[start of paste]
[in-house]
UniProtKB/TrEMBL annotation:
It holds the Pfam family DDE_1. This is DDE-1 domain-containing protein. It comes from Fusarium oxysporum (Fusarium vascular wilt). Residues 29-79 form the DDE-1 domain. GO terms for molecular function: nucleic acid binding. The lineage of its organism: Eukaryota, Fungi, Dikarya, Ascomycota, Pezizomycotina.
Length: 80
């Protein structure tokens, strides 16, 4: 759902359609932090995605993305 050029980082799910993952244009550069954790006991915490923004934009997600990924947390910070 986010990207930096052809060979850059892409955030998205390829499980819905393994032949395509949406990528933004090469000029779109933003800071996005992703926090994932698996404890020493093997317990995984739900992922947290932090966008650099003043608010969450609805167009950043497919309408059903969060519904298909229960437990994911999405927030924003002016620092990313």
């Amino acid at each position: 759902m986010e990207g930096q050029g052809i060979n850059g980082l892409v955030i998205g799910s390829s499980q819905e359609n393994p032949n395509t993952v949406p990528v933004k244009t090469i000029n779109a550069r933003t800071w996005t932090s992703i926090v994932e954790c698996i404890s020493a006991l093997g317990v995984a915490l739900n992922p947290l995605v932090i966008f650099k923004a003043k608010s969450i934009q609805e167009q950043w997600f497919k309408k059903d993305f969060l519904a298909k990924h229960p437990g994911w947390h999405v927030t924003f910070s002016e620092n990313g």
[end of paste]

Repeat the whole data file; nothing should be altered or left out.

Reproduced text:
[in-house]
UniProtKB/TrEMBL annotation:
It holds the Pfam family DDE_1. This is DDE-1 domain-containing protein. It comes from Fusarium oxysporum (Fusarium vascular wilt). Residues 29-79 form the DDE-1 domain. GO terms for molecular function: nucleic acid binding. The lineage of its organism: Eukaryota, Fungi, Dikarya, Ascomycota, Pezizomycotina.
Length: 80
């Protein structure tokens, strides 16, 4: 759902359609932090995605993305 050029980082799910993952244009550069954790006991915490923004934009997600990924947390910070 986010990207930096052809060979850059892409955030998205390829499980819905393994032949395509949406990528933004090469000029779109933003800071996005992703926090994932698996404890020493093997317990995984739900992922947290932090966008650099003043608010969450609805167009950043497919309408059903969060519904298909229960437990994911999405927030924003002016620092990313």
């Amino acid at each position: 759902m986010e990207g930096q050029g052809i060979n850059g980082l892409v955030i998205g799910s390829s499980q819905e359609n393994p032949n395509t993952v949406p990528v933004k244009t090469i000029n779109a550069r933003t800071w996005t932090s992703i926090v994932e954790c698996i404890s020493a006991l093997g317990v995984a915490l739900n992922p947290l995605v932090i966008f650099k923004a003043k608010s969450i934009q609805e167009q950043w997600f497919k309408k059903d993305f969060l519904a298909k990924h229960p437990g994911w947390h999405v927030t924003f910070s002016e620092n990313g």